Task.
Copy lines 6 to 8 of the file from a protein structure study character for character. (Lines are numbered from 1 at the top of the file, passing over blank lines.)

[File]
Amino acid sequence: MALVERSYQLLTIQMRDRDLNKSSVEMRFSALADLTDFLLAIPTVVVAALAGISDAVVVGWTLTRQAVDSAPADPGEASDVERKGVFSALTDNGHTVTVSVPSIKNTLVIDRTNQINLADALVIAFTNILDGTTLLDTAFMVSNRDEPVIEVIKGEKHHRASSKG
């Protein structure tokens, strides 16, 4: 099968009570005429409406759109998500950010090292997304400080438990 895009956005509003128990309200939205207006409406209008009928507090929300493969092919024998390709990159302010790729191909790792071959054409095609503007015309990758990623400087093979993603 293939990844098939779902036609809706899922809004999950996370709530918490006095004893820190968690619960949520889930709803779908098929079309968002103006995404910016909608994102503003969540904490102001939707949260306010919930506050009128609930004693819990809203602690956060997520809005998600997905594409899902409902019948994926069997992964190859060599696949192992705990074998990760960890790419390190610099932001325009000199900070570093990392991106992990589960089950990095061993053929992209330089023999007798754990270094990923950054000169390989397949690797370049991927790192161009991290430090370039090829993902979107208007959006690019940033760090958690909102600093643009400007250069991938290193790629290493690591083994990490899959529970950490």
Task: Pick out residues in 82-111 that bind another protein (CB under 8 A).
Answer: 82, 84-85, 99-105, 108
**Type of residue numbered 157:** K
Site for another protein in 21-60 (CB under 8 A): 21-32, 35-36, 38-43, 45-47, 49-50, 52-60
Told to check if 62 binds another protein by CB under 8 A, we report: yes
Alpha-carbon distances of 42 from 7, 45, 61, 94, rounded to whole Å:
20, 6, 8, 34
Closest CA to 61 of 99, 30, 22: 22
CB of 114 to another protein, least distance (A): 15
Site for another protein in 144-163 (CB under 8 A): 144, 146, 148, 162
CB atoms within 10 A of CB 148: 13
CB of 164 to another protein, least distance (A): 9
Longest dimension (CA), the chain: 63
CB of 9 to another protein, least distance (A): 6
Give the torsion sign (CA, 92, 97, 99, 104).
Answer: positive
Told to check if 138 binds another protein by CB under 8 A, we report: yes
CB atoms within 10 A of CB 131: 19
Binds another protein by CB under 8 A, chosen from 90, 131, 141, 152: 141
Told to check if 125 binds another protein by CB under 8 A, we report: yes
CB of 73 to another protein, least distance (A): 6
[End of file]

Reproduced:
Site for another protein in 21-60 (CB under 8 A): 21-32, 35-36, 38-43, 45-47, 49-50, 52-60
Told to check if 62 binds another protein by CB under 8 A, we report: yes
Alpha-carbon distances of 42 from 7, 45, 61, 94, rounded to whole Å: